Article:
Battleship Admirals
In Cyberspace

Military Info warriors are complaining that interference from bureaucrats and politicians will not allow them to attack an enemy computer in time of war. The "rules of engagement" for Information Warfare (IW) are currently set at the CIA and NSA to tightly control military forces. These tightened rules have left Pentagon planners with few options other than to bomb enemy computer centers in a war.

"I might have to do some (computer hacker) work ahead of time to find my way in," stated a Defense official in a recent Aviation Week & Space Technology interview. "But, I might be able to take down the IOC (Iraqi defense command center) in Talil using a modem and a keyboard."

"However, I don't want someone (from a national agency) coming in and saying 'You can't do that because it is also a major switch and node for telephone lines to the public sector..'", noted the military official with frustration. "I can bomb (an enemy communications center) and blow it to smithereens. So that's the part that does not make any sense. I can bomb it, but they don't want me to manipulate the ones and zeros."

The reason for this tight control, according to defense officials, is a lack of understanding at the NSA. Pentagon officials charge the NSA has entrenched civilian bureaucrats who are still fighting the Cold War. A retired NSA official stated a heavy loss of NSA employees with military backgrounds has left the agency with technical expertise but virtually no operational military experience. Thus, NSA planners have adopted a conservative approach directed at maintaining security over operational flexibility and providing warfighting capabilities. Military officials also noted the long-standing reluctance for NSA to connect those who pick up the electronic signals from an enemy to those who can destroy the enemy with the bombs and missiles.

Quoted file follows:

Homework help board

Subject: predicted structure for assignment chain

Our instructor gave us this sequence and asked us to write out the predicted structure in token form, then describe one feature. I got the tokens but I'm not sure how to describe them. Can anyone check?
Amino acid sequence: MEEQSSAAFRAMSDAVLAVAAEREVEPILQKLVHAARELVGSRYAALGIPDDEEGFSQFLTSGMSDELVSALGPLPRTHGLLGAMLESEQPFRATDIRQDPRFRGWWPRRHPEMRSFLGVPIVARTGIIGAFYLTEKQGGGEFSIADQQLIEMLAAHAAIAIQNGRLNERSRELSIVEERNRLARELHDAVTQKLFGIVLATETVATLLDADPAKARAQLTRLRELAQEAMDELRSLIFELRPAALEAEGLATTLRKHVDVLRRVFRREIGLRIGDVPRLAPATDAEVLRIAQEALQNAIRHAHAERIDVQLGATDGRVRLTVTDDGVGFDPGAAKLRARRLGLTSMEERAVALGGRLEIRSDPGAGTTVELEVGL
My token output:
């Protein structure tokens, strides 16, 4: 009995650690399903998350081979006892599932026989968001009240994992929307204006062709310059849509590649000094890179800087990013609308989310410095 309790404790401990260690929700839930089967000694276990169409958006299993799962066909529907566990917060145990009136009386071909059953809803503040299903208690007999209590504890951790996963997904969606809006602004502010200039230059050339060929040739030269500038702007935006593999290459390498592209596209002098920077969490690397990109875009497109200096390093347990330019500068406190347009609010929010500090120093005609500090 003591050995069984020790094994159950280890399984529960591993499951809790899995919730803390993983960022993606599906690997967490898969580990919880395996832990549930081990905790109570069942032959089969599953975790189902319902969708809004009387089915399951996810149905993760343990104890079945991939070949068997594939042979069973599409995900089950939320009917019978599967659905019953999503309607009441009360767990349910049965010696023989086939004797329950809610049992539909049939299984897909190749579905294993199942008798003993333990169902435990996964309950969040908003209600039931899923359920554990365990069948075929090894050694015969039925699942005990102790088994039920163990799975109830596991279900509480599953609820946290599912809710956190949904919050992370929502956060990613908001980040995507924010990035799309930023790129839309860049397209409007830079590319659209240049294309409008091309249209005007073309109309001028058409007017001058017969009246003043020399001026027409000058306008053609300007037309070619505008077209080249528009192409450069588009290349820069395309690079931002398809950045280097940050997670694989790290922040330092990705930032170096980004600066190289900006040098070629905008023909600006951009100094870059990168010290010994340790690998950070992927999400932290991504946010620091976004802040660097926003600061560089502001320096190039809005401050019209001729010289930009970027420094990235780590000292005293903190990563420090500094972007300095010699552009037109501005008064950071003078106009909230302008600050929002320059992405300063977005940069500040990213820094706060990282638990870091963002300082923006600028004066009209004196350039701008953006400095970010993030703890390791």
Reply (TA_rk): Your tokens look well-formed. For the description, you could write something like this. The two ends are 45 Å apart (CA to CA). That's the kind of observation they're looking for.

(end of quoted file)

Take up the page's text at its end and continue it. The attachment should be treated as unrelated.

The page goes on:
In fact, this compartmentalization of intelligence operations away from warfighters has cost US forces in the past. For example, in 1972 North Vietnam was able to overrun defensive positions in South Vietnam because NSA intercepts were not passed on to warfighters until well after the armor units had launched their attack. A more recent example is the SAM (Surface to Air Missile) unit that brought down USAF Capt. O'Grady in the former Yugoslavia was detected by the NSA but the information was not passed on to the USAF.

Under the current rules, military and national intelligence agencies will not work together on offensive computer attacks until AFTER a war has begun. The military will most likely not use computer attacks because the CIA and NSA "weren't there for the prewar exercises." Thus, the US war plans call for a loss of life and destruction before any sort of Information Warfare can be used. The lack of NSA co-operation dumps any chance of utilizing advanced means to "mission kill" enemy computers without destroying them. Computer centers destroyed by conventional means will not stop an entire network because data can be re-routed using an Internet like system of nodes. However, an attack using information warfare techniques can corrupt a computer center, causing major disruptions in the entire network which cannot easily be fixed.

Pentagon officials are also worried about a computer mutiny. Once soldiers and airmen start dying in a war the younger, computer savvy officers and enlisted men, will use any means at their disposal to attack the enemy, including unauthorized computer attacks. Pentagon officials are openly concerned that once the shooting starts they may not be able to control the troops and may face an open mutiny in the ranks.

source: Aviation Week & Space Technology - pages 67 and 68, Sept. 15, 1997

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